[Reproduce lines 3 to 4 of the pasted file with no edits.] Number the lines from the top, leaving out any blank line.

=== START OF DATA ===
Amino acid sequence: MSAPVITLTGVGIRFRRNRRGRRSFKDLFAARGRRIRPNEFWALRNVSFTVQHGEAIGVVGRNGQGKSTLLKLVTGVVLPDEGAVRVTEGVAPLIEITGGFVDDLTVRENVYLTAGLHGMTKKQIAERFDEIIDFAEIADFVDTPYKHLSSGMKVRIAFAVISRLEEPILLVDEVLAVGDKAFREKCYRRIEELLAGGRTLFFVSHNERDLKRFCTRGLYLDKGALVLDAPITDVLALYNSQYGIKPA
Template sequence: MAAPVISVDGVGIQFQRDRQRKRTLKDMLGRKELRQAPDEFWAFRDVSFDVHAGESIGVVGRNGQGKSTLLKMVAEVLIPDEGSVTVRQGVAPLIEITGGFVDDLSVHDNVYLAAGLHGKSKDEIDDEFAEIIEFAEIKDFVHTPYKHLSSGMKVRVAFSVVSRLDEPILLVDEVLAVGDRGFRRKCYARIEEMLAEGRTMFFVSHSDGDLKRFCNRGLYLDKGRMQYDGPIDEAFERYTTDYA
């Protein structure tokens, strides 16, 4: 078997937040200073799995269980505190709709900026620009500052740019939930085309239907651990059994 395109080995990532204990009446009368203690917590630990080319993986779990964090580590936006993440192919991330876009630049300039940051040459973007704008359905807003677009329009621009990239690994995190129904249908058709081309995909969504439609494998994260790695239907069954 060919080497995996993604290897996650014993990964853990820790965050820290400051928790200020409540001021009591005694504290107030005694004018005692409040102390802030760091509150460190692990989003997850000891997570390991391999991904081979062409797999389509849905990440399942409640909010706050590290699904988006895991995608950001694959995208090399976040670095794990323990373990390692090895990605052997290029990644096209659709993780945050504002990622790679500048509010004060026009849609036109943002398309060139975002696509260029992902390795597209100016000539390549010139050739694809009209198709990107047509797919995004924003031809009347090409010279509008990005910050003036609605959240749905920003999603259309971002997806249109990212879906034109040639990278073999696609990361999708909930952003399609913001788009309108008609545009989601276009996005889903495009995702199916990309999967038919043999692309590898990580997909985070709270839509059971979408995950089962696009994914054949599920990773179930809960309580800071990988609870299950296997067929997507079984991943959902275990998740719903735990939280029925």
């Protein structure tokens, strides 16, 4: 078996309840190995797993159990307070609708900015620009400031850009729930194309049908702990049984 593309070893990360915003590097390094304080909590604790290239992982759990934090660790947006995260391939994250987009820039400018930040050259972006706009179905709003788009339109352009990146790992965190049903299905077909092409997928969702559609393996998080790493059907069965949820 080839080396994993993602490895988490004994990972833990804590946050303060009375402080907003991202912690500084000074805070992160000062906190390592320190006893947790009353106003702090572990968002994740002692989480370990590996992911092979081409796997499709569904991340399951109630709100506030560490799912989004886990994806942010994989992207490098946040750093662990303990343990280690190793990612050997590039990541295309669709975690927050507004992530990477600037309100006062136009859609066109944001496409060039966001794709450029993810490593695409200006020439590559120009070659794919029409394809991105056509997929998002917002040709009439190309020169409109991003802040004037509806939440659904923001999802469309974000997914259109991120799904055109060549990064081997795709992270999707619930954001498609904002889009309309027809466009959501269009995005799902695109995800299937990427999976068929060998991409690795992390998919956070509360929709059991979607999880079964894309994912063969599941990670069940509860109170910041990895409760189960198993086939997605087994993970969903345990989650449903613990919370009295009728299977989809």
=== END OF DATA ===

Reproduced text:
């Protein structure tokens, strides 16, 4: 078997937040200073799995269980505190709709900026620009500052740019939930085309239907651990059994 395109080995990532204990009446009368203690917590630990080319993986779990964090580590936006993440192919991330876009630049300039940051040459973007704008359905807003677009329009621009990239690994995190129904249908058709081309995909969504439609494998994260790695239907069954 060919080497995996993604290897996650014993990964853990820790965050820290400051928790200020409540001021009591005694504290107030005694004018005692409040102390802030760091509150460190692990989003997850000891997570390991391999991904081979062409797999389509849905990440399942409640909010706050590290699904988006895991995608950001694959995208090399976040670095794990323990373990390692090895990605052997290029990644096209659709993780945050504002990622790679500048509010004060026009849609036109943002398309060139975002696509260029992902390795597209100016000539390549010139050739694809009209198709990107047509797919995004924003031809009347090409010279509008990005910050003036609605959240749905920003999603259309971002997806249109990212879906034109040639990278073999696609990361999708909930952003399609913001788009309108008609545009989601276009996005889903495009995702199916990309999967038919043999692309590898990580997909985070709270839509059971979408995950089962696009994914054949599920990773179930809960309580800071990988609870299950296997067929997507079984991943959902275990998740719903735990939280029925």
């Protein structure tokens, strides 16, 4: 078996309840190995797993159990307070609708900015620009400031850009729930194309049908702990049984 593309070893990360915003590097390094304080909590604790290239992982759990934090660790947006995260391939994250987009820039400018930040050259972006706009179905709003788009339109352009990146790992965190049903299905077909092409997928969702559609393996998080790493059907069965949820 080839080396994993993602490895988490004994990972833990804590946050303060009375402080907003991202912690500084000074805070992160000062906190390592320190006893947790009353106003702090572990968002994740002692989480370990590996992911092979081409796997499709569904991340399951109630709100506030560490799912989004886990994806942010994989992207490098946040750093662990303990343990280690190793990612050997590039990541295309669709975690927050507004992530990477600037309100006062136009859609066109944001496409060039966001794709450029993810490593695409200006020439590559120009070659794919029409394809991105056509997929998002917002040709009439190309020169409109991003802040004037509806939440659904923001999802469309974000997914259109991120799904055109060549990064081997795709992270999707619930954001498609904002889009309309027809466009959501269009995005799902695109995800299937990427999976068929060998991409690795992390998919956070509360929709059991979607999880079964894309994912063969599941990670069940509860109170910041990895409760189960198993086939997605087994993970969903345990989650449903613990919370009295009728299977989809």